“Age of Expansion”

Expansion of ideas, inventions, & dresses


Society in American & Europe were prospering with the development of great ideas like indoor plumbing & the shopping mall.  With the invention of the crinoline hoop skirt & metal grommets, women made themselves into “Belles” literally & figuratively, following the lead of a tiny-waisted 18 year old Queen Victoria of England who had just taken the throne.  At the same time “49’ers” were panning for gold in California, Charles Worth was inventing a “costume” for every event, while paisley was up & bloomers were down in popularity.














  •  Queen Victoria came to the throne in 1837 at the age of 18, & would dominate history & world fashion until the next century
  •   Victoria’s rigid disciplinary standards for 64 years set the “Victorian Eras”
  •    Under Victoria’s rules, it was improper to even say the world “legs”, let alone look at them under a woman’s garments during this era
  •   Everything Victoria did was to spur the English economy
  •   Countries worldwide flourished with improvements on steam engines in all industries & science
  •   Indoor plumbing, gas lighting, & fast transport changed lives & status of all classes & peoples
  •   America acquired Nevada, New Mexico, & California in 1848 in a treaty with Mexico
  •   There was another Revolution in France in 1848, which cut off communication & trade from that country & others
  •   Gold was discovered in California, starting the gold rush & western expansion in the US
  •   America went to war with Mexico 1846-48, ending with Mexico ceding large territories to America
  •   Literature such as “Moby Dick” & “Uncle Tom’s Cabin” expressed ideas of pre-Civil War in America




  •   Society in Europe & America was prospering
  •   Population was growing, especially in urban areas
  •   The idea of standardized clothes was still distasteful to many women, so dressmakers were still in vogue
  •   The sewing machine, now improved for mass production use, did not help with women’s clothing as much as with men’s, because women disliked uniformity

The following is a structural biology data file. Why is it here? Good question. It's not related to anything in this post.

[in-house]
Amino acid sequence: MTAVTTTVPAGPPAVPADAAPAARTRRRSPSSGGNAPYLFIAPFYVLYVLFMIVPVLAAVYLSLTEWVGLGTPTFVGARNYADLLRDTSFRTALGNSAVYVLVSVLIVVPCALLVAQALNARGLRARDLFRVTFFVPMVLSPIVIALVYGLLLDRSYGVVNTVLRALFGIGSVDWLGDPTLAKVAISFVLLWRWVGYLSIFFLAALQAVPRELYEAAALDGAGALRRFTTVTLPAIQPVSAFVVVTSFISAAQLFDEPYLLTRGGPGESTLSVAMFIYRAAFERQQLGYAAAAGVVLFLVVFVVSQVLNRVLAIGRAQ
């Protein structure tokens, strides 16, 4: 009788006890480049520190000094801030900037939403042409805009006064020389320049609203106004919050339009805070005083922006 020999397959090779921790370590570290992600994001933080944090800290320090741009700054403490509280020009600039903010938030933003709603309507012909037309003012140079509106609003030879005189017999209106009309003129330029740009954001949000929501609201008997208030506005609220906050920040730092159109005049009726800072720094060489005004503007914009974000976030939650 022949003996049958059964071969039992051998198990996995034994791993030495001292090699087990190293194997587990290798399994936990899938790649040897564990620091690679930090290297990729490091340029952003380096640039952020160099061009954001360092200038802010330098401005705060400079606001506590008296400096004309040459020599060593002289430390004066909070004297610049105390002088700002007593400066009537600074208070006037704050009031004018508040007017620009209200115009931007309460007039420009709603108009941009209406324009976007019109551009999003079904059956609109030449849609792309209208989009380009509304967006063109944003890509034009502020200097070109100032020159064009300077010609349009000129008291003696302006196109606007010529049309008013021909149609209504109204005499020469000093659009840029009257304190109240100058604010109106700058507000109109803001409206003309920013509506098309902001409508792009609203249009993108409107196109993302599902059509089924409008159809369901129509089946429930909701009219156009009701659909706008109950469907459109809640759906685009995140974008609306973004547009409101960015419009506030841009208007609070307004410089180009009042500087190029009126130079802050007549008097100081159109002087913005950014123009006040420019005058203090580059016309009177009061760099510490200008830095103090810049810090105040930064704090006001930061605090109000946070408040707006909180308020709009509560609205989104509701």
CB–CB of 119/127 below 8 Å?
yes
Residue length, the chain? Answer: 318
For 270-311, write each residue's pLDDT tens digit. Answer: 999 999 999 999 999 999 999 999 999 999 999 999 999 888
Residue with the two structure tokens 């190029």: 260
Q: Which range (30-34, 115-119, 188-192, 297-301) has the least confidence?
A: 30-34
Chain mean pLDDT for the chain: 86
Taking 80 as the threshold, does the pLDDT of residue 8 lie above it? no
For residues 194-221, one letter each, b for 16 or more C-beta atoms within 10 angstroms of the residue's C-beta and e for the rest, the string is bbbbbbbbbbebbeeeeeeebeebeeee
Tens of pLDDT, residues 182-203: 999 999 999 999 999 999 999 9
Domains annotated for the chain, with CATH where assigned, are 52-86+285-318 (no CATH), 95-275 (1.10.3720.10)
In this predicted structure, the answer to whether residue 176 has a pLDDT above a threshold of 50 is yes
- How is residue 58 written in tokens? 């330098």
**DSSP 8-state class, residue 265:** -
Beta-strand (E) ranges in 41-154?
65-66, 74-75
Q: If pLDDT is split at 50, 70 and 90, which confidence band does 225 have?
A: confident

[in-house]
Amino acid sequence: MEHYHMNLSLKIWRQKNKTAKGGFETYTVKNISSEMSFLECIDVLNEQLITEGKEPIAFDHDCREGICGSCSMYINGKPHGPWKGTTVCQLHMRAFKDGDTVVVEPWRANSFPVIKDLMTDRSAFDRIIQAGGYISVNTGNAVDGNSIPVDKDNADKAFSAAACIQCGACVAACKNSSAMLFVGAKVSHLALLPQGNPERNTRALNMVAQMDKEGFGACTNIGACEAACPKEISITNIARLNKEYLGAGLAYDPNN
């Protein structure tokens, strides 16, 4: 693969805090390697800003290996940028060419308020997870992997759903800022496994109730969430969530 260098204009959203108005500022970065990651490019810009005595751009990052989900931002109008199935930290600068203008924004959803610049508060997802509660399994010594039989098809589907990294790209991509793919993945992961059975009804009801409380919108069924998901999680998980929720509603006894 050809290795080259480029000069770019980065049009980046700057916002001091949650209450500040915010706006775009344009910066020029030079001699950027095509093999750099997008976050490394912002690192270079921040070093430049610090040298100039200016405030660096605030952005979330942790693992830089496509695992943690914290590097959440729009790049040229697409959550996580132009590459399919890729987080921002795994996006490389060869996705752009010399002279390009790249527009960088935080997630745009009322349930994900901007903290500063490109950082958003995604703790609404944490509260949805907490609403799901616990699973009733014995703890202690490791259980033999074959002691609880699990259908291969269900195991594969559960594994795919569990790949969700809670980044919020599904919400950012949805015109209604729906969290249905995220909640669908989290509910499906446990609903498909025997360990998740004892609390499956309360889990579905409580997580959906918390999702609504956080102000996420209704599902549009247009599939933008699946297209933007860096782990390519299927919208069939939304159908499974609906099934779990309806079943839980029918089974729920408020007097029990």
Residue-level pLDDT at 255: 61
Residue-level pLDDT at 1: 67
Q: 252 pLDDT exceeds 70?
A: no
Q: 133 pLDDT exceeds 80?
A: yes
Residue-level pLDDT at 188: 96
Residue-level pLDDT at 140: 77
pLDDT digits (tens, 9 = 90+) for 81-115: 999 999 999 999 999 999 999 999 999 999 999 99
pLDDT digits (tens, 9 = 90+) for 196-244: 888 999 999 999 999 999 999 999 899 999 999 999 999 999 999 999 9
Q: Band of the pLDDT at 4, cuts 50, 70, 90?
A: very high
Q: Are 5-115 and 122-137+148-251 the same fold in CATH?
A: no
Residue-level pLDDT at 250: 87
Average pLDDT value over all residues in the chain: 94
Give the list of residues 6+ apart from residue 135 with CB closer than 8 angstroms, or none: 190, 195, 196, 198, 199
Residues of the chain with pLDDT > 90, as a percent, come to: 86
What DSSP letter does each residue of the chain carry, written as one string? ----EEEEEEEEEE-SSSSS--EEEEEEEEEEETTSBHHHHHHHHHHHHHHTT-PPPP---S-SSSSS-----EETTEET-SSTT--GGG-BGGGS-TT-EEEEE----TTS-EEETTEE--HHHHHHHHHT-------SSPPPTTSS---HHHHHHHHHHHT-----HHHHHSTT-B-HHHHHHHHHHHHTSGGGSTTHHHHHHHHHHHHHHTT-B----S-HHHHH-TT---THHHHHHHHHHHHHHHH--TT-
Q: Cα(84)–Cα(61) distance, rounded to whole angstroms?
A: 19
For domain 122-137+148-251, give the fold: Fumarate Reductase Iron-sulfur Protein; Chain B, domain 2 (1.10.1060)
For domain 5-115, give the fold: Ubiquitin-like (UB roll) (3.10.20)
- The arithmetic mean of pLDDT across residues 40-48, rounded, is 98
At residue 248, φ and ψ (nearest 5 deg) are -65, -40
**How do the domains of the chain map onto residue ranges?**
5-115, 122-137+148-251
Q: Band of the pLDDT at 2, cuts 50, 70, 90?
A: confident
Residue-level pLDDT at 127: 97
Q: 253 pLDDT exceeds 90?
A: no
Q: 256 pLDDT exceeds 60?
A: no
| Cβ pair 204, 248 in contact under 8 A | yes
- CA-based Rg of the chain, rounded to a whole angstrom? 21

•   Dressmakers even with sewing machines were hard pressed to keep up with demand for clothing
  •   It was more profitable for a dressmaker to hire out work to the elderly or young rather than use a factory
  •   Dressmakers had physical shops where they constructed, fit, & sold garments
  •   Clothes for upper classes were almost all still made by the visiting dressmaker, or customized by the large department stores
  •   In 1847, an American man with his mother started the successful Royal Worcester Corset Company which stayed in business until 1955
  •   Royal Worcester American corsets were the most popular & commonly purchased at this time
  •   Most corset manufacturers were creating a standardized corset & then fitting women into them
  •   RW designs reversed that thought process in that they were based on a natural line, & then adapted to the function or purpose; e.g. sports, evening gowns, breastfeeding, etc.
  •   Royal Worcester developed use of the couteil fabric that was functional & quality for a reasonable price, & would be used in corsets forward



  •   There were huge shopping malls with department stores in Paris operating at their peak in the 1840’s & 1850’s including Galeries du Commerce et  Industrie, Palace Bonne-Nouveau, & Grandes Halles
  •   Unlike today’s malls, these included inside custom dressmaking shops as well as ready-made items of all sorts from clothing to perfumes to household goods
  •   Ready-made applied mostly to cloaks, shawls, etc that a dressmaker would build during the “off season” in her large shop with apprentices
  •   Ready-made meant garments were pre-made in general pattern sizes, & then fit to the customer in the dressmaker or department store